Teaching Citizenship in the Early Childhood Setting

Rebecca White  |  3/16/2005 1:15:21 AM

Image of Cindy the Citizen Crab

For young children, being a citizen means trying to:

  • Cooperate.
  • Obey rules.
  • Respect people in charge.
  • Not litter.

Being a good citizen is something adults may do every day. Adults might practice good citizenship by: obeying traffic laws, paying taxes, helping a neighbor, volunteering or recycling. Teachers are an important influence on young children. The children in your class will develop good citizenship habits by following your good citizenship practices.

Infants

You can introduce infants to citizenship by making them a member of the community. Taking infants on neighborhood walks or to the park will expose them to a world much larger than your classroom. These early experiences in the community will be important in their later lives. A child who feels connected to the outside world through exposure to it will want to be an active member of the outside world.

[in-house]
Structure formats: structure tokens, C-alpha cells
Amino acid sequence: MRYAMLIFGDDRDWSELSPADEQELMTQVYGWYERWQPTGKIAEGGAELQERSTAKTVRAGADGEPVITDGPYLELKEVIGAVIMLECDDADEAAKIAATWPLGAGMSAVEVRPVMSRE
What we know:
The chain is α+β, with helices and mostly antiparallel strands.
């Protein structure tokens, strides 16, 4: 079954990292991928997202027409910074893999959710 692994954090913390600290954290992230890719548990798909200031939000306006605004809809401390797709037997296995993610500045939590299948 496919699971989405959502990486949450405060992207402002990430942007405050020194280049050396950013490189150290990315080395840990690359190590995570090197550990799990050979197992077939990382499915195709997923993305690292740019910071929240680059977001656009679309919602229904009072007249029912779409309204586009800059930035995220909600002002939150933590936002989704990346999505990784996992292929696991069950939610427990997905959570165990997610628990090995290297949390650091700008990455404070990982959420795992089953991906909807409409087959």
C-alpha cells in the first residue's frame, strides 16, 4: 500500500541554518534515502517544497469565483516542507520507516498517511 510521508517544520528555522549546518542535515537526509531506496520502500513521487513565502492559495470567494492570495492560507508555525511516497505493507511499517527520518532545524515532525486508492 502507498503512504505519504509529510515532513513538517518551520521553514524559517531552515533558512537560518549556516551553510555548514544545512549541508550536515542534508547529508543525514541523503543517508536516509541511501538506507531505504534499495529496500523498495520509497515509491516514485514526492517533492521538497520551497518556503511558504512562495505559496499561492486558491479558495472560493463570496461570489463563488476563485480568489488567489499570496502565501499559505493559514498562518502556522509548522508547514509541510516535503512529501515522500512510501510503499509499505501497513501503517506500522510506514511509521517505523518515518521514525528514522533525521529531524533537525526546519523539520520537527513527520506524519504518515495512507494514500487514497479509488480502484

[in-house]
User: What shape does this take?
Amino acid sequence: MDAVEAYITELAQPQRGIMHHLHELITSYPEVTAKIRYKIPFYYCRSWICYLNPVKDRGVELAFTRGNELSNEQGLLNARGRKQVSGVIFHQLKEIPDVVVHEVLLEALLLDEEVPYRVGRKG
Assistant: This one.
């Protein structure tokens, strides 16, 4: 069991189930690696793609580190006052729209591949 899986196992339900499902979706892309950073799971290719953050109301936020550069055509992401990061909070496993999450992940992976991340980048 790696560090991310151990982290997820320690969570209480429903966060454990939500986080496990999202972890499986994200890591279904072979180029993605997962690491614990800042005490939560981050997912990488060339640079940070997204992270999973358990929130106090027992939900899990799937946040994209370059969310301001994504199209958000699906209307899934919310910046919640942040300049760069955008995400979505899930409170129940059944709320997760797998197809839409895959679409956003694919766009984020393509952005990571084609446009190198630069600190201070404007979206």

Toddlers

Begin teaching toddlers connections between the members of the community and their daily life. You can do this by explaining a little bit about various things you see on outings in the neighborhood. When you see the police car drive by, explain that the police officer helps keep us safe. Toddlers may not understand all that you explain to them but the more you talk about the community, the more they will understand, and the more they will want to be members of the community.

Preschool

Before children can be citizens of the community, they must be citizens in the classroom. Children who learn to get along with their classmates will be able to learn to get along in their community.One way to help preschool children become good citizens is by teaching them not to litter. You can also help your children learn to keep the neighborhood, city or town clean by going on litter walks to pick up trash.

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